Growing Pains

How cities must transform to meet the needs of tomorrow.

Cities are facing a monumental challenge. They’ve survived natural disasters and economic ruin, but as they continue to grow, they will have to accommodate the millions of new people moving to them every year. This is already happening now. 

The United Nations predicts that population growth combined with urbanization will add 2.5 billion more people to cities worldwide by 2050, transforming two-thirds of the global population into urban dwellers. The world will be defined by how these population centers bloom across the globe.

In order to thrive, cities must evolve well beyond the current infrastructure. The social, economic, and government structures that underpin well-designed, sustainable, and safe cities need to be adapted as well, and connected technology will likely be vital for accommodating the added stress population surges bring. Here, five visionaries predict how cities are going to change. 

Volkmar Denner
The Future of Urban Mobility Keynote, CES 2016

“I think it would be a missed chance if we substitute a stupid old lamp with a stupid modern lamp [in streetlights]. It would make a lot more sense to think about, can we add sensors in order to offer additional use cases—for example, to detect the presence of people? We could [also] have sensors that detect cars so lamps could serve to optimize traffic flow. [Bosch sees] the car of the future more like a personal assistant. [At CES] we show a car that interacts with your smart home, so when you approach home, you influence your home’s heating system, or you might look at the video security system and check that everything is safe before you leave the vehicle. Things like this are the connected car of the future.”

Lisa Füting
Project Manager, Audi Urban Future Initiative
Interview, Wired, Oct 2016

“The biggest change to the urban fabric will be to parking infrastructure. Parking will be moved indoors and outside of city centers, freeing up outdoor lots and spaces for development and public space. Lots then will be able to accommodate 60% more cars thanks to smaller driving lanes, greater maneuverability, and a lack of need for stairs and elevators.”

Ashley Z. Hand
Architect and co-founder, CityFi
Interview, University of Southern California Iovine and Young Academy, Apr 2017
“We are evolving our understanding of how a city’s design affects our social and political interactions, how well-designed streets and public spaces can be safer and more sustainable, data can inform design decisions. My beef with new smart technologies is that they are usually ugly and not ‘designed’ at all. I want smart cities to be well-designed down to the sidewalks and roadways. Otherwise, we may end up with a city full of cell tower ‘pine trees’ and a great big mess of pole attachments and devices.”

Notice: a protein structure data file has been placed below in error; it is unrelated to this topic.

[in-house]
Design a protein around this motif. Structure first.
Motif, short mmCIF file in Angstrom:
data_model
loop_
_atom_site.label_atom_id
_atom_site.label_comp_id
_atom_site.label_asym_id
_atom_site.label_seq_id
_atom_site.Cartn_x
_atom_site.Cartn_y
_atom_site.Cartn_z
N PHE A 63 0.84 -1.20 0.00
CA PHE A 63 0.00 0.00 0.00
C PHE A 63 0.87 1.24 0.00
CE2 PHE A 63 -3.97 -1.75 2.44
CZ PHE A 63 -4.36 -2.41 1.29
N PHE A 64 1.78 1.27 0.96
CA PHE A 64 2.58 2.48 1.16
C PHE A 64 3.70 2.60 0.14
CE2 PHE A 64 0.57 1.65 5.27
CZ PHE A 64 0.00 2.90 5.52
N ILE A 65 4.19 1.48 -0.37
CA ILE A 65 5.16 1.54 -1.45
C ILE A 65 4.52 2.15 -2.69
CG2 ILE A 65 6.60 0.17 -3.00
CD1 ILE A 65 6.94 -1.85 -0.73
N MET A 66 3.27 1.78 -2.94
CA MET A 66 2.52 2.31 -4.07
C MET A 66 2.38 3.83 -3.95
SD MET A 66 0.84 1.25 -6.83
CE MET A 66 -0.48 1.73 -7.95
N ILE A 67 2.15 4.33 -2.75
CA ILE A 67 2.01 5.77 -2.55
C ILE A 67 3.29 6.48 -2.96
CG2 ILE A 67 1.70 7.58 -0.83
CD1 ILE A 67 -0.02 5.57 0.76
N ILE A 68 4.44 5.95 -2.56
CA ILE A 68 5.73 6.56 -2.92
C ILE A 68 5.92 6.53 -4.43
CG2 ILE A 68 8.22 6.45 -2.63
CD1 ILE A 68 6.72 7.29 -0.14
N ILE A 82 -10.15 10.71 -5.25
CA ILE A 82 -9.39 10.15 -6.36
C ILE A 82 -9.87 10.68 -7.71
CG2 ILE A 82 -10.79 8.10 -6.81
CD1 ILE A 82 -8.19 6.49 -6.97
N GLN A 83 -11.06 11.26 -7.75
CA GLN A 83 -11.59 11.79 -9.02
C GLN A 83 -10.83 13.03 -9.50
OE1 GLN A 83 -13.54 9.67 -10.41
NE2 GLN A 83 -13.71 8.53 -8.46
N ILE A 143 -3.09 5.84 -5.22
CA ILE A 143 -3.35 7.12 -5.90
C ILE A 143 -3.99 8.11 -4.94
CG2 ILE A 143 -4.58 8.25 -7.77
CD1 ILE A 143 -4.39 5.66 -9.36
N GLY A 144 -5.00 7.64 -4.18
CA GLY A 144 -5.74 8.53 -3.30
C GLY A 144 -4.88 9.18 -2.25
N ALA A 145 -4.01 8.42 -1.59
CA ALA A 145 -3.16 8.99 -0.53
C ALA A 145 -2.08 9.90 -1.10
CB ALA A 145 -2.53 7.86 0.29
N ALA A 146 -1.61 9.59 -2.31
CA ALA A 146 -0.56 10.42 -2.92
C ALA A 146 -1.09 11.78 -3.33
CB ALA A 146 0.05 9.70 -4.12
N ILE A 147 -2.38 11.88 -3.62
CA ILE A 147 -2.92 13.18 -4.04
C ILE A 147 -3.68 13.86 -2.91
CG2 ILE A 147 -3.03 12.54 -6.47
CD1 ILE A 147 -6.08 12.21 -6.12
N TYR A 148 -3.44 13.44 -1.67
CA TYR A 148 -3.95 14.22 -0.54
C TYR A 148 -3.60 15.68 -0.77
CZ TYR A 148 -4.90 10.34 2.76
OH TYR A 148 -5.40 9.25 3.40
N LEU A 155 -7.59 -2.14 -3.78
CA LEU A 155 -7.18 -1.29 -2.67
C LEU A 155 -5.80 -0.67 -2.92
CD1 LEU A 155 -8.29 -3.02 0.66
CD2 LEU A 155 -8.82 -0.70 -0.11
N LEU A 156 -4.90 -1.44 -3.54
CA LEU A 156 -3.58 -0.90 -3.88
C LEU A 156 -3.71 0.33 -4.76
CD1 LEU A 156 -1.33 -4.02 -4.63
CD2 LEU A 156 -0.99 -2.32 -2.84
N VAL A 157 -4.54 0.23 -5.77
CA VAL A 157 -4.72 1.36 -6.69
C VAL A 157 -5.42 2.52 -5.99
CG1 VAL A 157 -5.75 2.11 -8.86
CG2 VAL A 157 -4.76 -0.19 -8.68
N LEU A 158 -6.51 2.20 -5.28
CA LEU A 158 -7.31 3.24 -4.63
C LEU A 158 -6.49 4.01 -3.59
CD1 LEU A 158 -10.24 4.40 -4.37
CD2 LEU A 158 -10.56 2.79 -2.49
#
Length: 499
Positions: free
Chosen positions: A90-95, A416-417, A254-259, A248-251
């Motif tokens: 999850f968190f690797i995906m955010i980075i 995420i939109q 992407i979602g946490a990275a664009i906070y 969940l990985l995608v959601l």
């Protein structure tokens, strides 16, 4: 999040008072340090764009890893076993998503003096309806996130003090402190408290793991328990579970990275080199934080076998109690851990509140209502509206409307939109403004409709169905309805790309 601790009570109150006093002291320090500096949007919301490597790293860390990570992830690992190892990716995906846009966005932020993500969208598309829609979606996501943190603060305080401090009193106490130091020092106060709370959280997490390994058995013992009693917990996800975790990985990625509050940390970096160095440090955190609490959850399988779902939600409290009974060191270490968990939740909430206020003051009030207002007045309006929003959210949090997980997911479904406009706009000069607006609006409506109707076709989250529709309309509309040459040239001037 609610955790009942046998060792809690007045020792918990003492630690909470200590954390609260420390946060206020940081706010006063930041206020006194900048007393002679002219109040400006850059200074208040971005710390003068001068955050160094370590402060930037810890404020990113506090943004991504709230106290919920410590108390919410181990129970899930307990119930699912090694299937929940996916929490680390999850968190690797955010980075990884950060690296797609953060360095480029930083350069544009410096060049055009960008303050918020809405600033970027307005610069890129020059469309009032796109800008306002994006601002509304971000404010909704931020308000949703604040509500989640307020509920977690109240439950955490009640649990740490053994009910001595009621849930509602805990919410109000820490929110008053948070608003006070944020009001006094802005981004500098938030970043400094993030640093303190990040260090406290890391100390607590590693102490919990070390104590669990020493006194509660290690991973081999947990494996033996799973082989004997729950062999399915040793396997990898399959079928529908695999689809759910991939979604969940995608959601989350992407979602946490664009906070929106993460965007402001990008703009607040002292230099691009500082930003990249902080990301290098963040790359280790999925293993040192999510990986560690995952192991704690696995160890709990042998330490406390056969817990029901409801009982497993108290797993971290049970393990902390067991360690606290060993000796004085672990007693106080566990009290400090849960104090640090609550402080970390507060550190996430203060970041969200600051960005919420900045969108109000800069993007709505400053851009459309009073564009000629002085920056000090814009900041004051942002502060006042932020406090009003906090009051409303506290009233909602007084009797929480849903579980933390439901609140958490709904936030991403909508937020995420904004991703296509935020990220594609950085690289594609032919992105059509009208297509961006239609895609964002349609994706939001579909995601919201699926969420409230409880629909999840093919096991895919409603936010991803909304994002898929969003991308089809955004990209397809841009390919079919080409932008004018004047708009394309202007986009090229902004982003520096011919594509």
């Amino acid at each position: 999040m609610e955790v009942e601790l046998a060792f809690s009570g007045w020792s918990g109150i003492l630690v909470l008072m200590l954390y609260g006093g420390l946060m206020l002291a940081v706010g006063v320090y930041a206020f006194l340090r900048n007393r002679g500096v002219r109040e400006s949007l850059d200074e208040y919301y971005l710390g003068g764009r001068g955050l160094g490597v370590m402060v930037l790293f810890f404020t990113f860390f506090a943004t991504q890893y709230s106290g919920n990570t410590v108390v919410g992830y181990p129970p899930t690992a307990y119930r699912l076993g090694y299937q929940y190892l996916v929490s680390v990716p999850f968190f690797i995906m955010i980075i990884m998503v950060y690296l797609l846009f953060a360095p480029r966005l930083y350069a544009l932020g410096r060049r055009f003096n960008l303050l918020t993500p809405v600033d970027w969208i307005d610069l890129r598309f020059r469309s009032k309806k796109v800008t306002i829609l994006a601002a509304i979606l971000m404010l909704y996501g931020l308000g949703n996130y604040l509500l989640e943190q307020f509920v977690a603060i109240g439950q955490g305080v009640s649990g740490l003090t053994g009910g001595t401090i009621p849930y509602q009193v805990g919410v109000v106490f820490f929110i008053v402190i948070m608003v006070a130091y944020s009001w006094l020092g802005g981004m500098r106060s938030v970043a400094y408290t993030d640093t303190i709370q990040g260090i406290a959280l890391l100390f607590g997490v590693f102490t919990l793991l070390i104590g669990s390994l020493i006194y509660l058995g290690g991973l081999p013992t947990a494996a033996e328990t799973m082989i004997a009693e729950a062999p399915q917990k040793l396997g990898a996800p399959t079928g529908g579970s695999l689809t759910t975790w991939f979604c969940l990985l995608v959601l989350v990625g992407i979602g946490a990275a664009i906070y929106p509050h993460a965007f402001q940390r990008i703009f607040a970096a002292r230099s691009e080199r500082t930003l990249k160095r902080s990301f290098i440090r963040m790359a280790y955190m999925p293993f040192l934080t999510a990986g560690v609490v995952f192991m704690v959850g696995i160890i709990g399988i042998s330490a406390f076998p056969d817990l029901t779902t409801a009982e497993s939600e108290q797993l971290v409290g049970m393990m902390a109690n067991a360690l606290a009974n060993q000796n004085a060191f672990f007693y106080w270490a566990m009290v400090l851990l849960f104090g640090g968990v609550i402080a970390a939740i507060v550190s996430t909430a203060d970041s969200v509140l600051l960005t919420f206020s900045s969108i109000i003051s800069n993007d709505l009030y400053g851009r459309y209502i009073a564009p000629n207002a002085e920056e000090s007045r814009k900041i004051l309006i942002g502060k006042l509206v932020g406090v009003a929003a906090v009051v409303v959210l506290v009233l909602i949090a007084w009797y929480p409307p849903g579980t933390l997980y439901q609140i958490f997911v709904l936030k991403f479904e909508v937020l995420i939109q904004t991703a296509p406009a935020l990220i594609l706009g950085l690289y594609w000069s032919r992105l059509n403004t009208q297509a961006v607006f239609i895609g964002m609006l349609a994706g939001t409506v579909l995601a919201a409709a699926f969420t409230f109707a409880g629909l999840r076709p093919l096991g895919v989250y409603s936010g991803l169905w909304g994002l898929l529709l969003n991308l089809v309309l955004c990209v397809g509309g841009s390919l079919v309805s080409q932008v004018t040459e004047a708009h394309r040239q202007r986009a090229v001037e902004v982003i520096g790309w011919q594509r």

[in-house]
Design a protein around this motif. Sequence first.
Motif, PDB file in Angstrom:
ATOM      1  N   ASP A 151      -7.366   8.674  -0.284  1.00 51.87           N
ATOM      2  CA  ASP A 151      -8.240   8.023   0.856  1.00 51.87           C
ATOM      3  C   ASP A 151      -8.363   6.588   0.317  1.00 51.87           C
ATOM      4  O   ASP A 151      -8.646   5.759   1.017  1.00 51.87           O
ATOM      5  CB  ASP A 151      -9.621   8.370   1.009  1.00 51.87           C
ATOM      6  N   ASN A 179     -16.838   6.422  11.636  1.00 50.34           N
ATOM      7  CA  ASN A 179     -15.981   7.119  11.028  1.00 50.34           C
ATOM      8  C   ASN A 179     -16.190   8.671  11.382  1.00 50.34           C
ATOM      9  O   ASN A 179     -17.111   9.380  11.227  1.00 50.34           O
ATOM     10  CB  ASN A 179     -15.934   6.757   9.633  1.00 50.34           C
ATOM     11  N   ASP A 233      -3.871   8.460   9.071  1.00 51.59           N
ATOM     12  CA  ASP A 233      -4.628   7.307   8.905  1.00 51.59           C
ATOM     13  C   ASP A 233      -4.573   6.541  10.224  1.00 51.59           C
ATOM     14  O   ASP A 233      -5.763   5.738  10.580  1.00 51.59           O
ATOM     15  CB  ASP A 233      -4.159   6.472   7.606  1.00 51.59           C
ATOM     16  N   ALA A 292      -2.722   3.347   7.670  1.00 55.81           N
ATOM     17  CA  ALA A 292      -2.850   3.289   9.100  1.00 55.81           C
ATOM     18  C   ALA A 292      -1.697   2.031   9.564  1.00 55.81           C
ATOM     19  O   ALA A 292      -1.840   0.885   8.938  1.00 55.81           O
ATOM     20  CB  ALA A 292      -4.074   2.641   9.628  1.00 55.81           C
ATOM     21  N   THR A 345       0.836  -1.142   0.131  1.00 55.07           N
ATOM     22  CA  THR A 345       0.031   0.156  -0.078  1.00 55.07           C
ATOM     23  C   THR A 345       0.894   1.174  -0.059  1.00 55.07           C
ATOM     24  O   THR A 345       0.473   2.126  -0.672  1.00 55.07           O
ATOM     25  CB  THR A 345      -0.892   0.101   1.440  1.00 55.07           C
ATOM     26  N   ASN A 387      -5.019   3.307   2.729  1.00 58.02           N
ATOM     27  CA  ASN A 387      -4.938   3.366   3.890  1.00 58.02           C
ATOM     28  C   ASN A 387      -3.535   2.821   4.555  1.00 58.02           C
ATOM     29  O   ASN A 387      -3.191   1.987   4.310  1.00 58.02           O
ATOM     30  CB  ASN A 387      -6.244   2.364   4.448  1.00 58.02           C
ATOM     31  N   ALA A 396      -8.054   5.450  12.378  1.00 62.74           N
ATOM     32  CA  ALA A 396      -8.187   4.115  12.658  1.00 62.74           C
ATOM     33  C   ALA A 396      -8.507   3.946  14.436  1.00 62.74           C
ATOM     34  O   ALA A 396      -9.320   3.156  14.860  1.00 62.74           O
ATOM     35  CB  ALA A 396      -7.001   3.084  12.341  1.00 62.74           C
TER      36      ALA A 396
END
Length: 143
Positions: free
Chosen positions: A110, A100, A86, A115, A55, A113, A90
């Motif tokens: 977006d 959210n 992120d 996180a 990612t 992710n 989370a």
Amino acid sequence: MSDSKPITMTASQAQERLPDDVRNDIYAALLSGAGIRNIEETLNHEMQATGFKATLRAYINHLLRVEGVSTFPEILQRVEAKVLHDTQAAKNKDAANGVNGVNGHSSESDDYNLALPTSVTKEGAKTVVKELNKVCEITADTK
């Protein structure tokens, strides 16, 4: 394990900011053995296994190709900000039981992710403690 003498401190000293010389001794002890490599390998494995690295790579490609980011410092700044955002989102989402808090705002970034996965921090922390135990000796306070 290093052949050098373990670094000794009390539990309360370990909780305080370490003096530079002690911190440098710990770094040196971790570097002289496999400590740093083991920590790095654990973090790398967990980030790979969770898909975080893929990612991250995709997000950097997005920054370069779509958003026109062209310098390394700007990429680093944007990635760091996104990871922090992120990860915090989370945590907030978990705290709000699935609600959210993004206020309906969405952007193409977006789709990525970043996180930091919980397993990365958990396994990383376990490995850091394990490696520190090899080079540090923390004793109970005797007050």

Amnon Shashua
Co-founder, CTO, and Chairman, Mobileye
The Future of Urban Mobility Keynote, CES 2016
“Both the car industry and consumer product companies need to evolve. The car players need to evolve toward content, computation, artificial intelligence, and user interface. Consumer electronic companies need to evolve toward building multiboard products that can work without any imperfections for at least five years. For car companies, [such evolution] is a natural growth. For consumer electronic companies, this is a change of DNA.”

Anthony Foxx
Former Mayor of Charlotte, N.C., Former U.S. Secretary of Transportation
Interview, The Verge, Nov 2016
“By 2021, families will be able to walk out of their homes and call a vehicle to take them to work or to school. [Autonomous] trucks are going to be running more closely together, which results in fuel savings and positive climate impact. I want us to have a broader imagination of how data can lift the safety advantages of autonomous cars. If an autonomous car runs over a pothole, will it be able to share that data not only with the same type [of car] or a particular manufacturer, but [with] all autonomous vehicles regardless of who made it?”